The female roles in William Shakespeare's Macbeth are those of the witches, more supernatural than human, Lady Macbeth and Lady Macduff, the latter being presented in a minor, almost insignificant way. This paper will explore the role of Lady Macbeth and only make slight comment on the witches.
Fanny Kemble in "Lady Macbeth" finds that the main female role could have ended in madness due to the evil tendencies of the lady:
Lady Macbeth, even in her sleep, has no qualms of conscience; her remorse takes none of the tenderer forms akin to repentance, nor the weaker ones allied to fear, from the pursuit of which the tortured soul, seeking where to hide itself, not seldom escapes into the boundless wilderness of madness. (116-17)
In "Memoranda: Remarks on the Character of Lady Macbeth," Sarah Siddons comments on how the feminine role of the leading lady is not a typical one as regards attitude:
[Macbeth] announces the King's approach; and she, insensible it should seem to all the perils which he has encountered in battle, and to all the happiness of his safe return to her, -- for not one kind word of greeting or congratulations does she offer, -- is so entirely swallowed up by the horrible design, which has probably been suggested to her by his letters, as to have forgotten both the one and the other. (56)
Clark and Wright in their Introduction to The Complete Works of William Shakespeare contradict the impression that Lady Macbeth is all strength:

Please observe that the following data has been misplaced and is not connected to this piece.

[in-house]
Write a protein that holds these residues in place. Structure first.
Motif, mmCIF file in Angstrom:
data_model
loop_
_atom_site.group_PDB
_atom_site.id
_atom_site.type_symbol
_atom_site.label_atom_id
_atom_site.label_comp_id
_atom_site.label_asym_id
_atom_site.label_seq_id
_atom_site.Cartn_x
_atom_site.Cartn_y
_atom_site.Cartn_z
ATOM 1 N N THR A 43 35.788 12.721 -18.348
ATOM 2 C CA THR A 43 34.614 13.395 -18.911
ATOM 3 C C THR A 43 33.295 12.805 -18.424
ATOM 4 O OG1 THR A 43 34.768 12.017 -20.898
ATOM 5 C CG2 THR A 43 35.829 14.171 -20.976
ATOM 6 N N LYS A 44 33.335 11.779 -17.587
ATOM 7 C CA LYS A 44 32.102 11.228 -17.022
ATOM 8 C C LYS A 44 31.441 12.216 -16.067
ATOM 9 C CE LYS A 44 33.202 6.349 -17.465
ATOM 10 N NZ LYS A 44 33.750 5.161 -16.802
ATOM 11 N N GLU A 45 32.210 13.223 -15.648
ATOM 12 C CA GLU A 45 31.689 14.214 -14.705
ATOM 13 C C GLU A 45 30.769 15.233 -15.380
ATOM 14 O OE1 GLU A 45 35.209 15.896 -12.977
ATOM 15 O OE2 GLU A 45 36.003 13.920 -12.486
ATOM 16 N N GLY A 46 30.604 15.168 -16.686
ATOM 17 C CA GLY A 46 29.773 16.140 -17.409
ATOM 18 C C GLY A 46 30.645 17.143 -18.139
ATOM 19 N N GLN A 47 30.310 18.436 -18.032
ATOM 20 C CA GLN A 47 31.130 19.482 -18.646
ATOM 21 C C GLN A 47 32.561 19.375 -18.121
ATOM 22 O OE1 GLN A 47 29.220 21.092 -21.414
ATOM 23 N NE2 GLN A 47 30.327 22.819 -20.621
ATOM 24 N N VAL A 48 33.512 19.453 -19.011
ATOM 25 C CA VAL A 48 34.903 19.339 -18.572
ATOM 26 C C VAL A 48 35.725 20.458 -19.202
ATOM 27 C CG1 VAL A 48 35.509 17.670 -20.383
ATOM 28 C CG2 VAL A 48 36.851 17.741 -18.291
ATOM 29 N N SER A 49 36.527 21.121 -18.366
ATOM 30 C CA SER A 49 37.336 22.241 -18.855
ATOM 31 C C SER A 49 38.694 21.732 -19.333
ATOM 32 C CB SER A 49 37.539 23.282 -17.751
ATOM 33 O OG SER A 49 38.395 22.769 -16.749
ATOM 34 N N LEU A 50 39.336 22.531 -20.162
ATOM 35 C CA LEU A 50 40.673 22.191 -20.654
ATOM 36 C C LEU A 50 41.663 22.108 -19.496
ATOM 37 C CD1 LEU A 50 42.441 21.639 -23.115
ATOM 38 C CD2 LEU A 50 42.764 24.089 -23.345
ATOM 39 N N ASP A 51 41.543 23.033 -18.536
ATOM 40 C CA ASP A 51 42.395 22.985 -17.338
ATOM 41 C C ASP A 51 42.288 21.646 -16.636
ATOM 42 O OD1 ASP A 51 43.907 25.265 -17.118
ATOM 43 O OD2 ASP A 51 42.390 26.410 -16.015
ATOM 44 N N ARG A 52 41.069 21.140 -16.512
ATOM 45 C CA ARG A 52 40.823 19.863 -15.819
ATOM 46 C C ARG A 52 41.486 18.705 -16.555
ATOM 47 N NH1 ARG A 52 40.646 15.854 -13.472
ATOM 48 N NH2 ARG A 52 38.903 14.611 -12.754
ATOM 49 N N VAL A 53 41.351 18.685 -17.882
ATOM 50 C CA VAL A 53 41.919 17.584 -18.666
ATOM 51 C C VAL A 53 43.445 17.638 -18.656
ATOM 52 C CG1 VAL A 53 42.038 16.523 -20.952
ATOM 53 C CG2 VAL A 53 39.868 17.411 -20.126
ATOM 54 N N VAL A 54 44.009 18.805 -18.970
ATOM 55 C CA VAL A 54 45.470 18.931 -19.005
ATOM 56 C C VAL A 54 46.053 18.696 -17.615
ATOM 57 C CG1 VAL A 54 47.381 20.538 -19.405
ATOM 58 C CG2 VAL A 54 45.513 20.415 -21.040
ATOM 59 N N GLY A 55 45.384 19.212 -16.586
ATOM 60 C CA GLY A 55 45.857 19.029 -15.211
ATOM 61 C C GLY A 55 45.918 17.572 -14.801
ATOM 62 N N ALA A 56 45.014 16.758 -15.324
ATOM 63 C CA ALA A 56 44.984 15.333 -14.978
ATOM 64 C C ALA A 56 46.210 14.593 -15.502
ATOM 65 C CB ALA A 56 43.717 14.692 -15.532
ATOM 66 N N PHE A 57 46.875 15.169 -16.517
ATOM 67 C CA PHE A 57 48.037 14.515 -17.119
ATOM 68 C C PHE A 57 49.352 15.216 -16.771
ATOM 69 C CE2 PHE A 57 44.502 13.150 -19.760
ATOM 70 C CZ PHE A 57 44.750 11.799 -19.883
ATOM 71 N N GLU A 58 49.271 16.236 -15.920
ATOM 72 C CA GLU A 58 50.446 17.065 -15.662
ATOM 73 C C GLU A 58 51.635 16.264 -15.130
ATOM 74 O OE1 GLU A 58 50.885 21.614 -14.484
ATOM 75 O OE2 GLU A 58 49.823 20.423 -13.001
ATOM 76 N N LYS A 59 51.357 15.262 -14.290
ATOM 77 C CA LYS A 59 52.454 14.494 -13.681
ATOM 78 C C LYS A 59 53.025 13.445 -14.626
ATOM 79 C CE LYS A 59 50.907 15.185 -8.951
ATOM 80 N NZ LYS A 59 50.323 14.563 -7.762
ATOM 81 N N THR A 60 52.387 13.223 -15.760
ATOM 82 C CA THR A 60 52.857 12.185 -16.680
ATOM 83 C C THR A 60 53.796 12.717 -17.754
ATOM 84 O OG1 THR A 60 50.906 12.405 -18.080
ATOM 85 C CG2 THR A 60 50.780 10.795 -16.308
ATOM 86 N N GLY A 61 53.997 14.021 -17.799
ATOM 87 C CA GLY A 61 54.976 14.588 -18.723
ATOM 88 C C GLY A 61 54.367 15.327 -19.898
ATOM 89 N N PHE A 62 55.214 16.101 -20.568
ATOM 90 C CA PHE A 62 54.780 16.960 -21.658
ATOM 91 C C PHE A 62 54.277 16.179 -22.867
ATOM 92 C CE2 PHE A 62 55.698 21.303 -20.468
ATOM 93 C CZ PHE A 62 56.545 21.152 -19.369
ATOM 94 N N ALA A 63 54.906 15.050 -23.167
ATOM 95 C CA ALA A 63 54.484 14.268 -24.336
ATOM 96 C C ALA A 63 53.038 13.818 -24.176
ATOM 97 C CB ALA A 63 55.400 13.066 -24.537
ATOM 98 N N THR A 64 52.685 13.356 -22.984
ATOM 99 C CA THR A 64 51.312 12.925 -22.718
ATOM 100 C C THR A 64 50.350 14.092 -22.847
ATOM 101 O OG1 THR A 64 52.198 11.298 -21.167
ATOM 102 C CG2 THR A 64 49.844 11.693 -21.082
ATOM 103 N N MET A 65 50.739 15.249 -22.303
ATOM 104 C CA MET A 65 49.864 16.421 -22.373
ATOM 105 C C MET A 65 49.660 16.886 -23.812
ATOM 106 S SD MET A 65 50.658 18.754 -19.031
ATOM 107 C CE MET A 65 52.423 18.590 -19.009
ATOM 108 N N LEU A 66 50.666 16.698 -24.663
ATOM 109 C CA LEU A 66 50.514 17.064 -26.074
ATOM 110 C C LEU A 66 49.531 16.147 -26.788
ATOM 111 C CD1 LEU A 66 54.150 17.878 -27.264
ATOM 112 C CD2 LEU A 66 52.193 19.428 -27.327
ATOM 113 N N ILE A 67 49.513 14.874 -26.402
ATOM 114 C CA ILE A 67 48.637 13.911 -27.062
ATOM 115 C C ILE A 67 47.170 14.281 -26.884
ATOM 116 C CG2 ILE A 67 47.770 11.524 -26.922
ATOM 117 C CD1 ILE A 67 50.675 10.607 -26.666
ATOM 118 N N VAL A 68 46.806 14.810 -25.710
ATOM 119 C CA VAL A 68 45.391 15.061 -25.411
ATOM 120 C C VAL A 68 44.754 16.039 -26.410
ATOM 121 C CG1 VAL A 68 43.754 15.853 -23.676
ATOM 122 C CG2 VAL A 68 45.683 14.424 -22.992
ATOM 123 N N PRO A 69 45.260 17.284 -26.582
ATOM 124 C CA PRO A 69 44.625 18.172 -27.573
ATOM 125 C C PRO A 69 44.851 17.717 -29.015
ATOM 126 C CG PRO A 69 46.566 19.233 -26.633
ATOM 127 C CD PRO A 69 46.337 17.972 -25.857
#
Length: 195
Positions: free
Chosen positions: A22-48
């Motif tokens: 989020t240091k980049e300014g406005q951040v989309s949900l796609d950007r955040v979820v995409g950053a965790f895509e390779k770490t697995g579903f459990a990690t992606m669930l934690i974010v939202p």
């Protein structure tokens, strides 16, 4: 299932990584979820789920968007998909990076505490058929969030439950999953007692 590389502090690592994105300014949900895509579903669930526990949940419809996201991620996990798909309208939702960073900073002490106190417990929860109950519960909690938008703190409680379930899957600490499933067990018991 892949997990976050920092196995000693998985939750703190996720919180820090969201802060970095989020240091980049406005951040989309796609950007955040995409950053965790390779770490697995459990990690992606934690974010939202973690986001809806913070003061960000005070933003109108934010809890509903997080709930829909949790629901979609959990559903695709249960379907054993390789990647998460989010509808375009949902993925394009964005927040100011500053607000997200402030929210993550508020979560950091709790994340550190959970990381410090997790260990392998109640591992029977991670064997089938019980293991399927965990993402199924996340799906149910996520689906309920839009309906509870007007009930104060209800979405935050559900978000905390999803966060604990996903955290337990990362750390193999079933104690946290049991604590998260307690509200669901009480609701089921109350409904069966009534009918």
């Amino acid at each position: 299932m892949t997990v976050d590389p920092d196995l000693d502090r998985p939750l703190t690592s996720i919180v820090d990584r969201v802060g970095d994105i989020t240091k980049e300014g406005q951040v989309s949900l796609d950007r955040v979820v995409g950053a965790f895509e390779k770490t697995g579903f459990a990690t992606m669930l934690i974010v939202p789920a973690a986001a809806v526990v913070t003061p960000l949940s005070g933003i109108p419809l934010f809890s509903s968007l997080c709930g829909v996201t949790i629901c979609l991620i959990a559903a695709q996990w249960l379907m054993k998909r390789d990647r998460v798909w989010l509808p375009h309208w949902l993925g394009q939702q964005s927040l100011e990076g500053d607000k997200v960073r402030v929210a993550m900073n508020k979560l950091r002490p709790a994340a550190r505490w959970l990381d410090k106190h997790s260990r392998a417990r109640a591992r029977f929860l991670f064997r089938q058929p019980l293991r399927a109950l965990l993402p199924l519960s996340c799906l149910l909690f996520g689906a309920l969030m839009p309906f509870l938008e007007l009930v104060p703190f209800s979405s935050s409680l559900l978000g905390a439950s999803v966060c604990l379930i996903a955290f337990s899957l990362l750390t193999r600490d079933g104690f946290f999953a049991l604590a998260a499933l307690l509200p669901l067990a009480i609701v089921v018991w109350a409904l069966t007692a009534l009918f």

[. . .] she cannot strike the sleeping king who resembles her father. Having sustained her weaker husband, her own strength gives way; and in sleep, when her will cannot control her thoughts, she is piteously afflicted by the memory of one stain of blood upon her little hand. (792)
In "Macbeth as the Imitation of an Action" Francis Fergusson enlightens the reader concerning the fears weakening Lady Macbeth:
If you think over these scenes, you will notice that the Macbeths understand the action which begins here as a competition and a stunt, against reason and against nature. Lady Macbeth fears her husband's human nature, as well as her own female nature, and therefore she fears the light of reason and the common daylight world. (108)
The Tragedy of Macbeth opens in a desert place with thunder and lightning and three witches, more supernatural forces than women, who are anticipating their meeting with Macbeth. Macbeth is greeted with "hail to thee, thane of Glamis," "thane of Cawdor," and "thou shalt be king hereafter!" When Ross and Angus arrive with news of Duncan's reward ("He bade me, from him, call thee thane of Cawdor"), it is logical for Macbeth to assume that all of the weird sisters' prophecies will come true.
At Inverness in Macbeth's castle, his lady warns: "The raven himself is hoarse / That croaks the fatal entrance of Duncan / Under my battlements." She plots murder like a heartless man.
Duncan's visit to Inverness, a...